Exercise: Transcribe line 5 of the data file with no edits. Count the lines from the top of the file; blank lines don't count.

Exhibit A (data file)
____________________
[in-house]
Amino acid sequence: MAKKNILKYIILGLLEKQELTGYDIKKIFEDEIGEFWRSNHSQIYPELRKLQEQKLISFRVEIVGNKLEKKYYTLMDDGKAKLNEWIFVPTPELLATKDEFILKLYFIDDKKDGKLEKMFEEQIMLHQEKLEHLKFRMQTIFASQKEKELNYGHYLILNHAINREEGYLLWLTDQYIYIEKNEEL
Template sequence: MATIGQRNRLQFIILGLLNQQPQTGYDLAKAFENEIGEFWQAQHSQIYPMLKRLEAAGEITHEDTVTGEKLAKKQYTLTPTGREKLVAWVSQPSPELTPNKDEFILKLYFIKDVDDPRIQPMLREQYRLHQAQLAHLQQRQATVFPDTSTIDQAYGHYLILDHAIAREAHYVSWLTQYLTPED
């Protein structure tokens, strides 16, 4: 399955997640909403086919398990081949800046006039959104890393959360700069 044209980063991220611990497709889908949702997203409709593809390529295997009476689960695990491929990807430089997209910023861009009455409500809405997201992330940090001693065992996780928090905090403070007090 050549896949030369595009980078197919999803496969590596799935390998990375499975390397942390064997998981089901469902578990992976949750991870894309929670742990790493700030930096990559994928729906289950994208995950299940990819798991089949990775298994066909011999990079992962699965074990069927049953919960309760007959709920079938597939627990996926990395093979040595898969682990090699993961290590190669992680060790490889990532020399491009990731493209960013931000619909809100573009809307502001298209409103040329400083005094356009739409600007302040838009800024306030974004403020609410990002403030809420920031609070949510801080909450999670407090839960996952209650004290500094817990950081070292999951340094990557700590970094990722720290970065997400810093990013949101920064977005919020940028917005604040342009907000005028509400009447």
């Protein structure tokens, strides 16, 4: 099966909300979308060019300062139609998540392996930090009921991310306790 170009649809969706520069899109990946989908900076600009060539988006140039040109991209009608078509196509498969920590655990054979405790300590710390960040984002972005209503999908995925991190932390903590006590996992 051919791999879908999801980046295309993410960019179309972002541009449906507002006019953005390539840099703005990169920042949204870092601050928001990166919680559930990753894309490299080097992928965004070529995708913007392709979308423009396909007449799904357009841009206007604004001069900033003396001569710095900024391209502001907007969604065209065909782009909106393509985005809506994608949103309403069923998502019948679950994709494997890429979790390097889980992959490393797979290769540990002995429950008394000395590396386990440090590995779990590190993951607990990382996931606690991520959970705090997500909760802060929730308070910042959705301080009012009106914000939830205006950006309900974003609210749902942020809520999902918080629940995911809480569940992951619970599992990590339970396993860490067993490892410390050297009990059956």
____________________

């Protein structure tokens, strides 16, 4: 099966909300979308060019300062139609998540392996930090009921991310306790 170009649809969706520069899109990946989908900076600009060539988006140039040109991209009608078509196509498969920590655990054979405790300590710390960040984002972005209503999908995925991190932390903590006590996992 051919791999879908999801980046295309993410960019179309972002541009449906507002006019953005390539840099703005990169920042949204870092601050928001990166919680559930990753894309490299080097992928965004070529995708913007392709979308423009396909007449799904357009841009206007604004001069900033003396001569710095900024391209502001907007969604065209065909782009909106393509985005809506994608949103309403069923998502019948679950994709494997890429979790390097889980992959490393797979290769540990002995429950008394000395590396386990440090590995779990590190993951607990990382996931606690991520959970705090997500909760802060929730308070910042959705301080009012009106914000939830205006950006309900974003609210749902942020809520999902918080629940995911809480569940992951619970599992990590339970396993860490067993490892410390050297009990059956």